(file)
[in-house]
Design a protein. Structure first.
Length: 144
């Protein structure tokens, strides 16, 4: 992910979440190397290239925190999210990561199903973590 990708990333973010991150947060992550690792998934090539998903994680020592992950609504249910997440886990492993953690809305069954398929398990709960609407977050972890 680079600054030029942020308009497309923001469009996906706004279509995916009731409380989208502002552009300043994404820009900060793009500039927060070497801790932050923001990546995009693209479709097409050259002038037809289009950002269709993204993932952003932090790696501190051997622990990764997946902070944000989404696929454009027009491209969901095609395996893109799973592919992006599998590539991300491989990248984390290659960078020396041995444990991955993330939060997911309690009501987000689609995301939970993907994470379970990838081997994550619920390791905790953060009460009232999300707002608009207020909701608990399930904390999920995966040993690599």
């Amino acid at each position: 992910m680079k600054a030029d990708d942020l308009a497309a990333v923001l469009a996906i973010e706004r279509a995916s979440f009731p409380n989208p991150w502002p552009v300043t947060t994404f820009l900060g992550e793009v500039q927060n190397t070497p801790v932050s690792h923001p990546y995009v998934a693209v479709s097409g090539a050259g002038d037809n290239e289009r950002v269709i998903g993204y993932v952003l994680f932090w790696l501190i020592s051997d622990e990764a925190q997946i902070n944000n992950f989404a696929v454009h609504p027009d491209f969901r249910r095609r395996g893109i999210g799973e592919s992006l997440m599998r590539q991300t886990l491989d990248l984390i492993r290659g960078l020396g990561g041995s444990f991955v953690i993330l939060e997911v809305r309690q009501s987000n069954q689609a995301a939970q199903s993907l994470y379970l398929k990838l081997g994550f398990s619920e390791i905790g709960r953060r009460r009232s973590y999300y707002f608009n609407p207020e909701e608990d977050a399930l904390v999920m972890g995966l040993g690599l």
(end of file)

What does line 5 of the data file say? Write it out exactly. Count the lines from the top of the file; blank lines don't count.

């Amino acid at each position: 992910m680079k600054a030029d990708d942020l308009a497309a990333v923001l469009a996906i973010e706004r279509a995916s979440f009731p409380n989208p991150w502002p552009v300043t947060t994404f820009l900060g992550e793009v500039q927060n190397t070497p801790v932050s690792h923001p990546y995009v998934a693209v479709s097409g090539a050259g002038d037809n290239e289009r950002v269709i998903g993204y993932v952003l994680f932090w790696l501190i020592s051997d622990e990764a925190q997946i902070n944000n992950f989404a696929v454009h609504p027009d491209f969901r249910r095609r395996g893109i999210g799973e592919s992006l997440m599998r590539q991300t886990l491989d990248l984390i492993r290659g960078l020396g990561g041995s444990f991955v953690i993330l939060e997911v809305r309690q009501s987000n069954q689609a995301a939970q199903s993907l994470y379970l398929k990838l081997g994550f398990s619920e390791i905790g709960r953060r009460r009232s973590y999300y707002f608009n609407p207020e909701e608990d977050a399930l904390v999920m972890g995966l040993g690599l």